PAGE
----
“Mani-legs go on forever. I’d follow that tush ANYWHERE!” It didn’t take the Internet to prove that there’s no creature on Earth more rampantly obsessed than a Barry Manilow fan. Fred and Judy Vermorel, two academics with a penchant for annotating the collected phlegm of Sid Vicious, branched out in 1985 to ransack the fan mail of pop’s great and good and collate the most hilarious bits for a volume of cheap laughs – er, that is to say, present their considered findings as the culmination of a painstaking piece of important socio-cultural research. But you can see how the resulting thesis might work on both levels.
Most of the ardour is reserved for the expected big hitters, especially the three B’s: Bowie, Bolan and Barry M (whose fans are the most worryingly organised, with their own bootleg networks, fanzines and secret Mani-language). But no pop star is without their cohort of demented nutjobs, and it’s somehow reassuring to know that healthy niche obsessives existed for the likes of Nena. (“What will turn me on will be her face, her mouth and the way she laughs. But I do imagine her vagina.”) Even Blondie drummer Clem Burke (“I would then get whipped cream spread in his anal passage and then eat it with a spoon”) and Bruce Foxton (“then he withdrew and I licked my fingers as I had got them full of his ace-tasting juice”) are roped into the horse-frightening shenanigans.
It’s not the lasciviousness that’s entertaining here, more the naïve ways these sheltered kids choose to express their filthy desires. Sometimes the earnestly gauche phrasing puts you in mind of a Jim’ll Fix It letter gone awry. (“I would like to make Debbie Harry’s quim ache.”) At others, the tone takes on the formality of a job application. (“My secret sexual fantasy is about Bruce Foxton of The Jam and it is as follows.”) One Sheena Easton fan is so endearingly shy, he tries to excuse himself from his own pun-strewn wet dream. (“She said: ‘Isn’t it awfully warm?’ and I said: ‘I think I’d better be going now’. She said: ‘It’s all right. I’m not that much of a Modern Girl!’”) But worry not, he gets there in the end. (“And she says: ‘I don’t know about your kettle but mine’s just blown over.’”)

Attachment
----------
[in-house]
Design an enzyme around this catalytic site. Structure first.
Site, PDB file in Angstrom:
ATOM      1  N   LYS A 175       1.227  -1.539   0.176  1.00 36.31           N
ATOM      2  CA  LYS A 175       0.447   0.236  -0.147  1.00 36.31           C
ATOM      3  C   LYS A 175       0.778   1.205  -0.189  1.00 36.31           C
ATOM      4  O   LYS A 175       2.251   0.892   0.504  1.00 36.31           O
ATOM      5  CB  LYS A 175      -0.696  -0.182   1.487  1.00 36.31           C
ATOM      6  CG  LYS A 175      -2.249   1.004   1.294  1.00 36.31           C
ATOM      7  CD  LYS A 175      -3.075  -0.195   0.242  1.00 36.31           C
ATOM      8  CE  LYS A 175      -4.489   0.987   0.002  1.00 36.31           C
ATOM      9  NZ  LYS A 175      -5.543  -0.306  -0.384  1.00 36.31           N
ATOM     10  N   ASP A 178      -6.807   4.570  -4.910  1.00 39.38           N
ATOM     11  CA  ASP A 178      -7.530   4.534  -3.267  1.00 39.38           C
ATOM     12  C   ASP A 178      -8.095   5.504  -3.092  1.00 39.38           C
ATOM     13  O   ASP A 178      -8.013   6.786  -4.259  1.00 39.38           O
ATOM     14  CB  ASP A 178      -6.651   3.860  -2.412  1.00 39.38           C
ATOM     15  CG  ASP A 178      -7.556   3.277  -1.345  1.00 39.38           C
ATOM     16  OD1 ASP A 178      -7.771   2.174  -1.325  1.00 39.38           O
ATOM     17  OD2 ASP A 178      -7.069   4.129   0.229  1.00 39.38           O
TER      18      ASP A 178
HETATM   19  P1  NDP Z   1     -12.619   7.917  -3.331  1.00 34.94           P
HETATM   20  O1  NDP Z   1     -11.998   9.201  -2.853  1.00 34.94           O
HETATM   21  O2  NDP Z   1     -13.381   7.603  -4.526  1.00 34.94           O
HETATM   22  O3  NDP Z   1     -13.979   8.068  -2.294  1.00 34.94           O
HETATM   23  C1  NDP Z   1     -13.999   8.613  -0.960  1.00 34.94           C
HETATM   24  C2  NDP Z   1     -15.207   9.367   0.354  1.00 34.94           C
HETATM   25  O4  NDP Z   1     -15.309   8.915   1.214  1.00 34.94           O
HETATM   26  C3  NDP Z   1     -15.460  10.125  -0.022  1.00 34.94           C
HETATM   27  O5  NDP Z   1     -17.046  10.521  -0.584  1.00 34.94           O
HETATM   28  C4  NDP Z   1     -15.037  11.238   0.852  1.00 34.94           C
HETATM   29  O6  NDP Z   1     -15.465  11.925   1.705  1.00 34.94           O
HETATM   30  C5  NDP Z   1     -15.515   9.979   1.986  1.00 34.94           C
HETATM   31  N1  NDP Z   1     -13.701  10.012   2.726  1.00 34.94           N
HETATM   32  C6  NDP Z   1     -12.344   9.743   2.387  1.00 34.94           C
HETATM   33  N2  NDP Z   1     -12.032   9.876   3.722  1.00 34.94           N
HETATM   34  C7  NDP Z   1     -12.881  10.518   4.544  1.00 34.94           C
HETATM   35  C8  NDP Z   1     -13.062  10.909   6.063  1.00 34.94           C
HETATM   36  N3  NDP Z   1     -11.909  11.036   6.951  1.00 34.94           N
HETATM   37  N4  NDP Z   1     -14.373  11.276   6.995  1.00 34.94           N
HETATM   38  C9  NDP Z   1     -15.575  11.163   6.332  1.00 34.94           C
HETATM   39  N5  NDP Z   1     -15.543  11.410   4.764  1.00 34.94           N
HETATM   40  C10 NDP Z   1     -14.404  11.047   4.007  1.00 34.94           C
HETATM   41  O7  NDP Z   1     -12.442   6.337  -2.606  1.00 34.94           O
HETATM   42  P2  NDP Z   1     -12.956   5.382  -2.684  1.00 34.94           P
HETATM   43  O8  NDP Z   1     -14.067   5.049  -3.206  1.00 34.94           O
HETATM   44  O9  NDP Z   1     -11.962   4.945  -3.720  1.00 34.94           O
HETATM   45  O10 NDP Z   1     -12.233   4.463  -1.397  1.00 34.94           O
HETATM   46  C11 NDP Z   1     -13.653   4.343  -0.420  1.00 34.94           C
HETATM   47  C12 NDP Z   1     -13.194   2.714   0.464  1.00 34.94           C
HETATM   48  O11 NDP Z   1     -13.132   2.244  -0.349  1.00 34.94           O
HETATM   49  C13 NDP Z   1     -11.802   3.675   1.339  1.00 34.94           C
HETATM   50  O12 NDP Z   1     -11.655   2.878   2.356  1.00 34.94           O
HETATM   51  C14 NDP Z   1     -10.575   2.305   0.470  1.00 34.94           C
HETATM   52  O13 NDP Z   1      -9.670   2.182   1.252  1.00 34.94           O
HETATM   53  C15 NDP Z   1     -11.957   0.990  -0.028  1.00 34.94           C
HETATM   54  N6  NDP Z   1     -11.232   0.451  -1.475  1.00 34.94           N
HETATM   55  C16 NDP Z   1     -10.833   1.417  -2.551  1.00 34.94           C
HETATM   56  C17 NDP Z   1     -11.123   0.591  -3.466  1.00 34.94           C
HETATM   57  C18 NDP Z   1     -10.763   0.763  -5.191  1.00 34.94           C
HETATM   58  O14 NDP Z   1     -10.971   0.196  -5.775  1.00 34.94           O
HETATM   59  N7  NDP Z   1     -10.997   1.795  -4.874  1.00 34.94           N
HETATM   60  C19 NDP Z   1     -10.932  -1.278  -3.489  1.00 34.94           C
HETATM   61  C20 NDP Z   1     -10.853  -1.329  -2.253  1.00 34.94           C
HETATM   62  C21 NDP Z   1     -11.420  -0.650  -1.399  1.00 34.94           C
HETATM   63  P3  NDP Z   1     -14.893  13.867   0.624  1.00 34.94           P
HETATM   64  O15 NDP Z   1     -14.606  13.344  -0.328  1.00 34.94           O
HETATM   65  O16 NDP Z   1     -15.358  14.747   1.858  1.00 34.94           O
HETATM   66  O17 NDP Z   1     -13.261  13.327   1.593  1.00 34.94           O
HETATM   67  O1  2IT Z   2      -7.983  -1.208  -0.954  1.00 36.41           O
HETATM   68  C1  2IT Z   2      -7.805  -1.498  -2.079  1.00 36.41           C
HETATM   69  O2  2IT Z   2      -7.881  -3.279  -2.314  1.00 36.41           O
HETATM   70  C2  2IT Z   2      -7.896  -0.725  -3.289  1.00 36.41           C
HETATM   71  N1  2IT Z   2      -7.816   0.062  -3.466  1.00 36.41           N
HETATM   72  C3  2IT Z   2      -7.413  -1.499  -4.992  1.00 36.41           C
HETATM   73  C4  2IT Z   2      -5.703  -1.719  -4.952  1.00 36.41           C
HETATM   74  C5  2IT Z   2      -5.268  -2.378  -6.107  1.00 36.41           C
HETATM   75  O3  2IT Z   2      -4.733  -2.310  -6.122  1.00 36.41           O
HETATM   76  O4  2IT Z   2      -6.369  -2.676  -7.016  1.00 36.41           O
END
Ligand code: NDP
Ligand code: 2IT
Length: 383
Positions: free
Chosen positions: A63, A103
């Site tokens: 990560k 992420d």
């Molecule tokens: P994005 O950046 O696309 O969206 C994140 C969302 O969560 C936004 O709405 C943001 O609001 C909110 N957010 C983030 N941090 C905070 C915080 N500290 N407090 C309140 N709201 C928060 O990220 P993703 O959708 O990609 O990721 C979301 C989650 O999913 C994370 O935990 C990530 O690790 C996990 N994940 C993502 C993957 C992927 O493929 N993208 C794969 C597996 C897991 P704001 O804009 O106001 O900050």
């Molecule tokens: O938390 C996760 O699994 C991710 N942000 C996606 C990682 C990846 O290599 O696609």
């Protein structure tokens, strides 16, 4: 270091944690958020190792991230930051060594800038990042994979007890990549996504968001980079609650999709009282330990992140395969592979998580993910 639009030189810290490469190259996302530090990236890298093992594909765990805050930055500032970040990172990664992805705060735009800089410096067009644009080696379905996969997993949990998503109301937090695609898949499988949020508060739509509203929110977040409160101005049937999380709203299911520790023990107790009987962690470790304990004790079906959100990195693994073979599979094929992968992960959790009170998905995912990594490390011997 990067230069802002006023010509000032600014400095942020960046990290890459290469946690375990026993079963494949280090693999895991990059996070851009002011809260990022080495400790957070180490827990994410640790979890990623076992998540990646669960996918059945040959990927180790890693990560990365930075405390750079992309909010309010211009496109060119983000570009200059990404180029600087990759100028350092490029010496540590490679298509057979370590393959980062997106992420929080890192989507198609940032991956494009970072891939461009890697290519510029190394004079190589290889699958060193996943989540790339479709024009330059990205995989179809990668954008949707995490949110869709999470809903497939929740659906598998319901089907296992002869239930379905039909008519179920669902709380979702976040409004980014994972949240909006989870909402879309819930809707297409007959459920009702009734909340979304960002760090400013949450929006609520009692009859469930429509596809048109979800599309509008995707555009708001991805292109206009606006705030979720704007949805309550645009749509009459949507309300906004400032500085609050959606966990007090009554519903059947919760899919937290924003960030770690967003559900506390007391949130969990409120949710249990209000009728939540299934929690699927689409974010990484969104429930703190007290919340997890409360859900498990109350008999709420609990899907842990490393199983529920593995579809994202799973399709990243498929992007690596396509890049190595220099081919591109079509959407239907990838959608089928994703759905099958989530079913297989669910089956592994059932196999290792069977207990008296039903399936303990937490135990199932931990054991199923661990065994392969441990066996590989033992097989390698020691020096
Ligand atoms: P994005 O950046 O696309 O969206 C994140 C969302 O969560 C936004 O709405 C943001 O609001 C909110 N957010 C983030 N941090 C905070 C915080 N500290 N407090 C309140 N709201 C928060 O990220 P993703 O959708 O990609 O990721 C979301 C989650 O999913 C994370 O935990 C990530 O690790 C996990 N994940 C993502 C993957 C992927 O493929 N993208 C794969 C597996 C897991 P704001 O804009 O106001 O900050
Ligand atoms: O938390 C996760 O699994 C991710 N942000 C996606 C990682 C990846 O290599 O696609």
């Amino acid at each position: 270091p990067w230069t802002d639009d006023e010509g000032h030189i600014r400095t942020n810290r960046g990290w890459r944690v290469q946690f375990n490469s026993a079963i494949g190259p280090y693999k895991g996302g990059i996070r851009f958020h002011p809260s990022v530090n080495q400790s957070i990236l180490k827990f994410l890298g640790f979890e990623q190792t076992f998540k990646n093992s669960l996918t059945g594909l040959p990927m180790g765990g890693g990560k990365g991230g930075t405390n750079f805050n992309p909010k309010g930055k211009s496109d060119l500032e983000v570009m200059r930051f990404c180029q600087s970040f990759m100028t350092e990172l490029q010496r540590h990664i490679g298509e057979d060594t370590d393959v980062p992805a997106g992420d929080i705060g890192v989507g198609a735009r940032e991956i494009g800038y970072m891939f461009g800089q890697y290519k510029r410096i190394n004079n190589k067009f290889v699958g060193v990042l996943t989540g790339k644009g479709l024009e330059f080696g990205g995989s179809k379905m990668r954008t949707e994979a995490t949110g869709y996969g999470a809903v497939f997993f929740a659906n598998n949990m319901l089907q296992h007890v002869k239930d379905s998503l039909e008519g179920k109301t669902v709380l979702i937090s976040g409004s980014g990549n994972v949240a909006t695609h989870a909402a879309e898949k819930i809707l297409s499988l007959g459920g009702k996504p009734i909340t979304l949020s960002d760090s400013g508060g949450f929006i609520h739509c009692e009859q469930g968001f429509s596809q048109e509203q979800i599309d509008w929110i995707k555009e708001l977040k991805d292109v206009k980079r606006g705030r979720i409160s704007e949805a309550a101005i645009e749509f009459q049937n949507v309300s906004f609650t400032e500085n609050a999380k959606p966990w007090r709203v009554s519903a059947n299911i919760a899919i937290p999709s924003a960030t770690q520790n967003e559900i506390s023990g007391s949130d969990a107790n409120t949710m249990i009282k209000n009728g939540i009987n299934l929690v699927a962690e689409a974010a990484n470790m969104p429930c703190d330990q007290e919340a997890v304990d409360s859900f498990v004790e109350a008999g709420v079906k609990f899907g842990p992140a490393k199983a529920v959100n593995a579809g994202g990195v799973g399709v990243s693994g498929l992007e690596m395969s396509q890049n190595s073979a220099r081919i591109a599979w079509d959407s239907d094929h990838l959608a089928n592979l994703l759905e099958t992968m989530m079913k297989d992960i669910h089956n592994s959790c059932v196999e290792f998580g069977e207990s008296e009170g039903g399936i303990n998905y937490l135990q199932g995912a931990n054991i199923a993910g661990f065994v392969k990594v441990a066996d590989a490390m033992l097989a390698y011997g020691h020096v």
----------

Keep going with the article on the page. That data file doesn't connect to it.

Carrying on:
After a while, you start feeling rather sorry for the poor, sweet, innocent pop stars who have to read the more unhinged stuff. Clean cut Nick Heyward suffers especially badly. “You can lick me out if you wish! I’ve got a good mind to throw a custard pie in your face! Your sperm would last me through breakfast, lunch, dinner, tea and supper!” (The frequency with which young, impressionable types somehow conflate the prospect of oral sex with the more childlike, Beano-esque sense of anticipation at a ‘slap-up feed’ is oddly touching, or perhaps just odd.) Some fans exhibit stalkerish tendencies, but luckily they don’t seem to have really thought their methods through. “We’ve got a rough idea of what area she lives in. We’ll have to go knocking on every door: ‘Does Cheryl Baker live here?’ Then she’d either say ‘come in’ or ‘go away’.” Good luck with that one.
It’s not always good clean fun. Groupies have real, sordid tales to tell about Richard Jobson and a bag of grapes, and one girl almost tops herself over a year’s worth on unanswered Nick Heyward correspondence. But mainly these are harmless, sweetly protective obsessions. (“If a nuclear war did happen I’d be thinking: is Boy George safe?”) Usually the worst crime they commit is slipping into boring pretension. Bowie fans, unsurprisingly, win hands down on this score. (“I AM THE SON OF A RACE OF NUCLEAR CYBERNETICS AND ROCK N ROLL STARS. SKEMATICLY CALCULATING SCIENTISTS THAT WALK AROUND ON STILTS.”) Yes, yes. Hell’s bells, is that the time?